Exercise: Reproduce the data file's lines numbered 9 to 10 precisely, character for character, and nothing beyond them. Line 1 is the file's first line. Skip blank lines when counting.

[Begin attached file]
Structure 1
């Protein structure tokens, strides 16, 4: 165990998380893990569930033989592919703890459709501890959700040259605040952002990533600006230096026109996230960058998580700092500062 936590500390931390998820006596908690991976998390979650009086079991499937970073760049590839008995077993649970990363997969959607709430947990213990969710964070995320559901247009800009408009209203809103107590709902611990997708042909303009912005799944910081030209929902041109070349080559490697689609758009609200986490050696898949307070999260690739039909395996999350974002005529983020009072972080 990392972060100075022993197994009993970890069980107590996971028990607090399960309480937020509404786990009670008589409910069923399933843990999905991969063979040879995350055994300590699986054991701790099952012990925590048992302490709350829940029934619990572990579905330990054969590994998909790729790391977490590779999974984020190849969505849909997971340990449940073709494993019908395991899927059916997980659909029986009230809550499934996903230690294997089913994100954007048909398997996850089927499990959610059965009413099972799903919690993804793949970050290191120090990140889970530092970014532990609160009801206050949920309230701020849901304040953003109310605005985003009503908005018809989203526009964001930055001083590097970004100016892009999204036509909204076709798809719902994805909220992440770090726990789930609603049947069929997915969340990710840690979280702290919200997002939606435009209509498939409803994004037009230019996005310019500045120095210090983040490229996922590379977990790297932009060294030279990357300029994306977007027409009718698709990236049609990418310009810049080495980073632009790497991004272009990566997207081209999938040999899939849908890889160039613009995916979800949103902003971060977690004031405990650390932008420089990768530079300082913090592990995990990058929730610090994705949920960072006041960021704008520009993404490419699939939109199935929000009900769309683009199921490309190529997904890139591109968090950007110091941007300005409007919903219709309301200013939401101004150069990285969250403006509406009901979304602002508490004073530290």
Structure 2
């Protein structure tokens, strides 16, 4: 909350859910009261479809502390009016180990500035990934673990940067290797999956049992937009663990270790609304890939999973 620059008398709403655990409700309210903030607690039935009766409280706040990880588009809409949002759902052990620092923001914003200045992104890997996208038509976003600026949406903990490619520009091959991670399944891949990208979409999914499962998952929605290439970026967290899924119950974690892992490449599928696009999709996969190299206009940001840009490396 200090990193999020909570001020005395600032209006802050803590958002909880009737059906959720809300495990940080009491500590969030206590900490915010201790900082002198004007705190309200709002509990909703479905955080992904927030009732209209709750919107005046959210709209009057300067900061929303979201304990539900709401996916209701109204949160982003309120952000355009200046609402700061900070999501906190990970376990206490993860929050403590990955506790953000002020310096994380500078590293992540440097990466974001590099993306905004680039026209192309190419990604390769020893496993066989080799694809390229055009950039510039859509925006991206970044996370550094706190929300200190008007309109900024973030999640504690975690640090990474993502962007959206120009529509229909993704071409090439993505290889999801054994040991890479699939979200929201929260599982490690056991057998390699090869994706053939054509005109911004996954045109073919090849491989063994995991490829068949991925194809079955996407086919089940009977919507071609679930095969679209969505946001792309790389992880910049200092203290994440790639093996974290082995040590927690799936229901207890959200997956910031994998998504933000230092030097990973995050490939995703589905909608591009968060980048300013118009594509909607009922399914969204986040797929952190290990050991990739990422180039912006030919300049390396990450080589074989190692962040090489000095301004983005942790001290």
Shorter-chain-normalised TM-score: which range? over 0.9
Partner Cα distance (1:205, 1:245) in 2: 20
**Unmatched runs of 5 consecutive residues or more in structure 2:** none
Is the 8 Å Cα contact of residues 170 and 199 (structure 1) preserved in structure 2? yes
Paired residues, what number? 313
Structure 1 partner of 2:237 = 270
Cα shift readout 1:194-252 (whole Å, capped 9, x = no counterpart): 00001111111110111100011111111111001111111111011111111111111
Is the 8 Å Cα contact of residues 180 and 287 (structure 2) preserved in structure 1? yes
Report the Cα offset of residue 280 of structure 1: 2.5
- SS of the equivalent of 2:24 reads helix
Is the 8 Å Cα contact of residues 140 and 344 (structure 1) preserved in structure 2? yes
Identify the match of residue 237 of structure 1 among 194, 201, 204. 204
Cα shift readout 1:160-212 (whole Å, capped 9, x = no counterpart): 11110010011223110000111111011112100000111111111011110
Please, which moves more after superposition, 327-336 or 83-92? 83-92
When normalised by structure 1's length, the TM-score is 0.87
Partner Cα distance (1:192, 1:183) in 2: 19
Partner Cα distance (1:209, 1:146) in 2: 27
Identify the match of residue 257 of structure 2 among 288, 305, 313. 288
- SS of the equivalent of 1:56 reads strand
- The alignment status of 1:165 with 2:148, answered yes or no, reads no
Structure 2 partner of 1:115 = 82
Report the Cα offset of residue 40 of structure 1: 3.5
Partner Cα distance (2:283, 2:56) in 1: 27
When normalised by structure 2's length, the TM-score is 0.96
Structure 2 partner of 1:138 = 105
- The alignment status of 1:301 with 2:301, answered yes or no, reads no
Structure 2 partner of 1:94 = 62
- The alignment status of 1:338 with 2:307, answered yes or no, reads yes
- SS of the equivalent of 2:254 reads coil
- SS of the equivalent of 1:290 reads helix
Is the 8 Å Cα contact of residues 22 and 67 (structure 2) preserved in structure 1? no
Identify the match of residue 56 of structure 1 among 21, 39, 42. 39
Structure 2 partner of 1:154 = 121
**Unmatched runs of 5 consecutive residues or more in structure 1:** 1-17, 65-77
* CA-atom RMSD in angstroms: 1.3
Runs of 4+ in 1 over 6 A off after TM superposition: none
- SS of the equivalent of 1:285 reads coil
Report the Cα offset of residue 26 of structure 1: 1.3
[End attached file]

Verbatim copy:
Paired residues, what number? 313
Structure 1 partner of 2:237 = 270